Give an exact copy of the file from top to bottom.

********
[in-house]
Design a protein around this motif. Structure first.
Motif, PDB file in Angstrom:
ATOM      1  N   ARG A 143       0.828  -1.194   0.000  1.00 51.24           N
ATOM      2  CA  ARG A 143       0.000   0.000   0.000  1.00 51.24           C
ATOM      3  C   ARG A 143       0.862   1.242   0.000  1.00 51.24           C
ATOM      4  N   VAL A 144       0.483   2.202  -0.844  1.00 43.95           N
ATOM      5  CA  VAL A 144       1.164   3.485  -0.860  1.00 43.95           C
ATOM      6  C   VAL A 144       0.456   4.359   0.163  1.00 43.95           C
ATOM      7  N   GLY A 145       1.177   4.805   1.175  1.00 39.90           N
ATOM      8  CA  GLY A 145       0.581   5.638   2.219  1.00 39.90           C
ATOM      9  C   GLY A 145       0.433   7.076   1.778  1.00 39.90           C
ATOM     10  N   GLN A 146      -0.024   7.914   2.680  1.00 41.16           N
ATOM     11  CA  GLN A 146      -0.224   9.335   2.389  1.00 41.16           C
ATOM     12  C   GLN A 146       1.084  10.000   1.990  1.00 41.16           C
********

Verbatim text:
[in-house]
Design a protein around this motif. Structure first.
Motif, PDB file in Angstrom:
ATOM      1  N   ARG A 143       0.828  -1.194   0.000  1.00 51.24           N
ATOM      2  CA  ARG A 143       0.000   0.000   0.000  1.00 51.24           C
ATOM      3  C   ARG A 143       0.862   1.242   0.000  1.00 51.24           C
ATOM      4  N   VAL A 144       0.483   2.202  -0.844  1.00 43.95           N
ATOM      5  CA  VAL A 144       1.164   3.485  -0.860  1.00 43.95           C
ATOM      6  C   VAL A 144       0.456   4.359   0.163  1.00 43.95           C
ATOM      7  N   GLY A 145       1.177   4.805   1.175  1.00 39.90           N
ATOM      8  CA  GLY A 145       0.581   5.638   2.219  1.00 39.90           C
ATOM      9  C   GLY A 145       0.433   7.076   1.778  1.00 39.90           C
ATOM     10  N   GLN A 146      -0.024   7.914   2.680  1.00 41.16           N
ATOM     11  CA  GLN A 146      -0.224   9.335   2.389  1.00 41.16           C
ATOM     12  C   GLN A 146       1.084  10.000   1.990  1.00 41.16           C